Matador of the Week: Jack Rhead

Jack Rhead, 9, huddles with his team before the game against Utah Valley University in Northridge, Calif., on Thursday, Sept. 8, 2022.

Justin Parrott, Reporter

Jack Rhead, a kid from Plymouth, United Kingdom, has been playing soccer for as long as he can remember. Growing up in the U.K., Rhead credits his dad for introducing the game to him at the age of 5. During the weekends, he would play with his friends and loved the sport. Early on, he participated in a local soccer club for fun and grew fascinated with the game. Since then, he has played on the weekends for his club and continued to like the game more and more.

“Every opportunity I had, I tried to include football into my life,” Rhead said. “If it was school, or my family, football has always been there for me.”

Soccer has given Rhead a lot of opportunities to be where he is today. Being in the academy system in the U.K. from ages 9-16, he played for seven years and played well. After he wrapped up his time at the academy, an opportunity to continue his soccer career arose.

“Coming to America was a huge step for me, and I took advantage of it when the time came,” Rhead said. “Having the opportunity to get a degree and continuing to play football — I couldn’t pass up what I had in front of me.”

Jack Rhead, a junior who transferred from Quincy University after coming to the States from England, was named Big West Offensive Player of the Week with one goal and one assist over two games. (CSUN Athletics)

Rhead started his college soccer career at the Division II school Quincy University. During his time there from 2019-2021, Rhead scored a total of 12 goals and had four assists. After the 2021 season, he wanted to take his game to greater heights. Entering the transfer portal, CSUN was one of the schools that gave him that chance.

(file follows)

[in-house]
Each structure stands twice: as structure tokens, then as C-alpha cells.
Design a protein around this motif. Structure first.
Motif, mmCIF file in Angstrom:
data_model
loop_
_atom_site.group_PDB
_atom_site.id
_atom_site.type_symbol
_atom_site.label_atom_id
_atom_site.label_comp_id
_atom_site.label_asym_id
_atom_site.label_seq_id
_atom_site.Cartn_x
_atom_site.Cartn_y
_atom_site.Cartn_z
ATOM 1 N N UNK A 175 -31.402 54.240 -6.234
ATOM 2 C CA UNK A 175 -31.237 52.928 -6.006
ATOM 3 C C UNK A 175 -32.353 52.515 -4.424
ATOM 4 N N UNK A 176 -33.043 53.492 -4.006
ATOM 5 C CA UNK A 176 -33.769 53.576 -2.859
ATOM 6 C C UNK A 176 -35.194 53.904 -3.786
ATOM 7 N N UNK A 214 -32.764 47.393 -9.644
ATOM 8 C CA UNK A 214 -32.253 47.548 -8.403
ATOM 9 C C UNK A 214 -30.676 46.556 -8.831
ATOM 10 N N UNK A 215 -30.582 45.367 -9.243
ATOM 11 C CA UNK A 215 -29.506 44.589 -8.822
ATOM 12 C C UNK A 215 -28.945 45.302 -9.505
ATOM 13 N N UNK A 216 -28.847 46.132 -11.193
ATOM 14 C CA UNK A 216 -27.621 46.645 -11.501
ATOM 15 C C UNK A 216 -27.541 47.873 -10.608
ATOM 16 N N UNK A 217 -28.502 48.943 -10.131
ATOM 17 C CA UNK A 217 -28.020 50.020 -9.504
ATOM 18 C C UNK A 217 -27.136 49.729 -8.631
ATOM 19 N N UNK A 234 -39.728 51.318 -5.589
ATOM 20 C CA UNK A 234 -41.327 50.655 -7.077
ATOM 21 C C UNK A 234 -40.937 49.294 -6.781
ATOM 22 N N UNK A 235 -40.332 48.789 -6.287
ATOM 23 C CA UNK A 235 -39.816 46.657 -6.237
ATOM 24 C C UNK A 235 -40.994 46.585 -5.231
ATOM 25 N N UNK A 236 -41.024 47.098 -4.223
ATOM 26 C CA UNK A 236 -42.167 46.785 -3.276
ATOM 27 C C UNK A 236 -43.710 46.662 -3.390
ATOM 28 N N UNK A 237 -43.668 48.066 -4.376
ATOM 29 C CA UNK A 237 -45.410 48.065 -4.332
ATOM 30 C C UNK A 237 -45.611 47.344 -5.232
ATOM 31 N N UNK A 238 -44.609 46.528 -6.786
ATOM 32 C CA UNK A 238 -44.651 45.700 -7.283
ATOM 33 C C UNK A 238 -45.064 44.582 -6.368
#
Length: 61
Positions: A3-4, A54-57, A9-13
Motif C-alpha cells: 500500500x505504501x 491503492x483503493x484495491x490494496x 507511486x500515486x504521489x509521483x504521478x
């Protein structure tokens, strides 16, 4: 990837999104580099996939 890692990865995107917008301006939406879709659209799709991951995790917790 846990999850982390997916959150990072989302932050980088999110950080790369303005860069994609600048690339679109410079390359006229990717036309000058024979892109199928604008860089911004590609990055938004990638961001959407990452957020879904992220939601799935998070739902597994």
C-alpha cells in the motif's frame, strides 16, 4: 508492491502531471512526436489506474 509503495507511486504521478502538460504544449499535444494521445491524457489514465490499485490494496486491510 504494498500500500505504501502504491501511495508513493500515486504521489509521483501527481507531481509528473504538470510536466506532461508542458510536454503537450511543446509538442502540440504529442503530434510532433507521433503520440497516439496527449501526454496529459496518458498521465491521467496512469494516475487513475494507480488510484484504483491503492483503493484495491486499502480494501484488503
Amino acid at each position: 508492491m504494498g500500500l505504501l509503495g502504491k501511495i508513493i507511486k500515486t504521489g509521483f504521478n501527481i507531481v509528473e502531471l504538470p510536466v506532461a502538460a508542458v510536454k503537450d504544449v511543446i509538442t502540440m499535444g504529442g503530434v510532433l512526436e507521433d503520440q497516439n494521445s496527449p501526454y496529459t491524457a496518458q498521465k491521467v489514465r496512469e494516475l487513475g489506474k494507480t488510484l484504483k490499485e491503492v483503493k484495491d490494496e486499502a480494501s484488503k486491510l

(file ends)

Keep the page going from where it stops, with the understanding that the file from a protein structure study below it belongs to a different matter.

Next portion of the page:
“I enjoyed my time at Quincy and got some really good experience there,” Rhead said. “I wanted to play at the highest level, and had friends that played at the Division I level who succeeded. Terry Davila saw my footage and liked the way I played, and the rest was history.”

CSUN head coach Terry Davila loved the tools that the redshirt junior could bring to the team. When he first stepped on campus, there was a lot to like about his ability.

“When he first came in, you knew he was an athletic kid and had a lot of skills,” said Davila. “His soft touch was great for a guy his size, and [he] always cares about team success.”

Rhead jumped out to a great start in the 2022 season, scoring one goal and racking up two assists in six games for the Matadors. Scoring the game-winning goal against University of Nevada, Las Vegas, the junior earned Big West Offensive Player of the Week honors. He focuses on how his skills can benefit the team.

“Being in the right areas on the field has helped me and the team be successful this far,” Rhead said. “Putting myself in front of the goal, getting myself in position to get the crosses and passes into the box … This is where most of my success has been so far, and I hope to continue it to help the team win.”

Not only is Rhead having success with his play, but he has become one of the leaders on the CSUN squad. This is because of both his ability to score goals and to help everyone else elevate their games.

“Jack has become a quiet leader on our team who leads by example,” Davila said. “He always helps other guys and encourages them to be their best.”

The Matadors are 3-2-1, hoping to recover from their 0-7 loss to 19th-ranked Missouri State University and return to winning ways.

Trying to enjoy the ride this year, Rhead wants to continue playing soccer as long as he can. The future for him is uncertain, but he hopes soccer is still a possibility after his time at CSUN.

“Playing at the pro level someday is definitely one of the main goals I have. I am trying to put myself in the position to one day get there,” Rhead said. “You never know who’s watching every game. Somebody could be eyeing you. If the opportunity presents itself to be at the next level, then I’ll take it.”